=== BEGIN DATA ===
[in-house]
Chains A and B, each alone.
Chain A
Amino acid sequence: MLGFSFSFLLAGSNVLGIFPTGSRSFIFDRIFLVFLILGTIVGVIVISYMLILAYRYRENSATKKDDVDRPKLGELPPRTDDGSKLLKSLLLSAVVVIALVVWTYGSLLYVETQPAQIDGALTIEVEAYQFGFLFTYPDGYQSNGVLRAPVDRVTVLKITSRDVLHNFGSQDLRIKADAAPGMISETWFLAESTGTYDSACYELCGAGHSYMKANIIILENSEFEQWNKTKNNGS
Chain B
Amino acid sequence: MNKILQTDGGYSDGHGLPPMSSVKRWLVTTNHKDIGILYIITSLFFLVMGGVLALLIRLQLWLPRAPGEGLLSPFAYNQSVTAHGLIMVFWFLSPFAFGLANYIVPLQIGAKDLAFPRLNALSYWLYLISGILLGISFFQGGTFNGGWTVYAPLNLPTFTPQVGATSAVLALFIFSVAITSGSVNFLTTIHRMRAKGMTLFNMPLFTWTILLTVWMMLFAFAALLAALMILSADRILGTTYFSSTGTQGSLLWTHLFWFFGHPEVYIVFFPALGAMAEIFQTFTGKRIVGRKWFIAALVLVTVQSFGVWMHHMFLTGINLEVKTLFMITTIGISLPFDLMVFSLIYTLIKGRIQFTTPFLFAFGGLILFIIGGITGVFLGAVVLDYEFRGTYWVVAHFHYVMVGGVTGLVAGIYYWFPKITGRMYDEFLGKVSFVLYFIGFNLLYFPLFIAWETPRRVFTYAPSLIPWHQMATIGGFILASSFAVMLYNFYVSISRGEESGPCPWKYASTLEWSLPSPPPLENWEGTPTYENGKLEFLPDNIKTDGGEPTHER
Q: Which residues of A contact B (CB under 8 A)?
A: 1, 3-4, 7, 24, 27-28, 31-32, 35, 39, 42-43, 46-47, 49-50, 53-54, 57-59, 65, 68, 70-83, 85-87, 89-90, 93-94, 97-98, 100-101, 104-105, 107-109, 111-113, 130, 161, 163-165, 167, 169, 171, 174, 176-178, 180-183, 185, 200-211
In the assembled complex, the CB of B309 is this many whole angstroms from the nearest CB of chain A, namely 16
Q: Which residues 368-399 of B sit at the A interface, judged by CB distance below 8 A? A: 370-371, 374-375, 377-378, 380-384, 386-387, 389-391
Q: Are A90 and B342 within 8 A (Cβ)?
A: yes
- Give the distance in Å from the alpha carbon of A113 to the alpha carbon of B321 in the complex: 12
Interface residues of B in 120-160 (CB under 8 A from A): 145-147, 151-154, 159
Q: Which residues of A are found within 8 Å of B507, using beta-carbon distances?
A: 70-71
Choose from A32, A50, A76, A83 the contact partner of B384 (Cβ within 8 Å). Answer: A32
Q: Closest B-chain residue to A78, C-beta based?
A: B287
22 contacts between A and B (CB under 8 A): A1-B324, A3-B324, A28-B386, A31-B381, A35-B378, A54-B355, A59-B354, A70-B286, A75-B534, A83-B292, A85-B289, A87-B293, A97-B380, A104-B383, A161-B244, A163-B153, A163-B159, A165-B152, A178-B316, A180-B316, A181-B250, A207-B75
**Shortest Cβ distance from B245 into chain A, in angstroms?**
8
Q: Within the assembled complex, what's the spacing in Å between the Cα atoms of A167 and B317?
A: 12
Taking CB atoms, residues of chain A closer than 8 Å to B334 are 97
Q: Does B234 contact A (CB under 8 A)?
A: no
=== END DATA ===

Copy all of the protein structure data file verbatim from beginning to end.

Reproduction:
[in-house]
Chains A and B, each alone.
Chain A
Amino acid sequence: MLGFSFSFLLAGSNVLGIFPTGSRSFIFDRIFLVFLILGTIVGVIVISYMLILAYRYRENSATKKDDVDRPKLGELPPRTDDGSKLLKSLLLSAVVVIALVVWTYGSLLYVETQPAQIDGALTIEVEAYQFGFLFTYPDGYQSNGVLRAPVDRVTVLKITSRDVLHNFGSQDLRIKADAAPGMISETWFLAESTGTYDSACYELCGAGHSYMKANIIILENSEFEQWNKTKNNGS
Chain B
Amino acid sequence: MNKILQTDGGYSDGHGLPPMSSVKRWLVTTNHKDIGILYIITSLFFLVMGGVLALLIRLQLWLPRAPGEGLLSPFAYNQSVTAHGLIMVFWFLSPFAFGLANYIVPLQIGAKDLAFPRLNALSYWLYLISGILLGISFFQGGTFNGGWTVYAPLNLPTFTPQVGATSAVLALFIFSVAITSGSVNFLTTIHRMRAKGMTLFNMPLFTWTILLTVWMMLFAFAALLAALMILSADRILGTTYFSSTGTQGSLLWTHLFWFFGHPEVYIVFFPALGAMAEIFQTFTGKRIVGRKWFIAALVLVTVQSFGVWMHHMFLTGINLEVKTLFMITTIGISLPFDLMVFSLIYTLIKGRIQFTTPFLFAFGGLILFIIGGITGVFLGAVVLDYEFRGTYWVVAHFHYVMVGGVTGLVAGIYYWFPKITGRMYDEFLGKVSFVLYFIGFNLLYFPLFIAWETPRRVFTYAPSLIPWHQMATIGGFILASSFAVMLYNFYVSISRGEESGPCPWKYASTLEWSLPSPPPLENWEGTPTYENGKLEFLPDNIKTDGGEPTHER
Q: Which residues of A contact B (CB under 8 A)?
A: 1, 3-4, 7, 24, 27-28, 31-32, 35, 39, 42-43, 46-47, 49-50, 53-54, 57-59, 65, 68, 70-83, 85-87, 89-90, 93-94, 97-98, 100-101, 104-105, 107-109, 111-113, 130, 161, 163-165, 167, 169, 171, 174, 176-178, 180-183, 185, 200-211
In the assembled complex, the CB of B309 is this many whole angstroms from the nearest CB of chain A, namely 16
Q: Which residues 368-399 of B sit at the A interface, judged by CB distance below 8 A? A: 370-371, 374-375, 377-378, 380-384, 386-387, 389-391
Q: Are A90 and B342 within 8 A (Cβ)?
A: yes
- Give the distance in Å from the alpha carbon of A113 to the alpha carbon of B321 in the complex: 12
Interface residues of B in 120-160 (CB under 8 A from A): 145-147, 151-154, 159
Q: Which residues of A are found within 8 Å of B507, using beta-carbon distances?
A: 70-71
Choose from A32, A50, A76, A83 the contact partner of B384 (Cβ within 8 Å). Answer: A32
Q: Closest B-chain residue to A78, C-beta based?
A: B287
22 contacts between A and B (CB under 8 A): A1-B324, A3-B324, A28-B386, A31-B381, A35-B378, A54-B355, A59-B354, A70-B286, A75-B534, A83-B292, A85-B289, A87-B293, A97-B380, A104-B383, A161-B244, A163-B153, A163-B159, A165-B152, A178-B316, A180-B316, A181-B250, A207-B75
**Shortest Cβ distance from B245 into chain A, in angstroms?**
8
Q: Within the assembled complex, what's the spacing in Å between the Cα atoms of A167 and B317?
A: 12
Taking CB atoms, residues of chain A closer than 8 Å to B334 are 97
Q: Does B234 contact A (CB under 8 A)?
A: no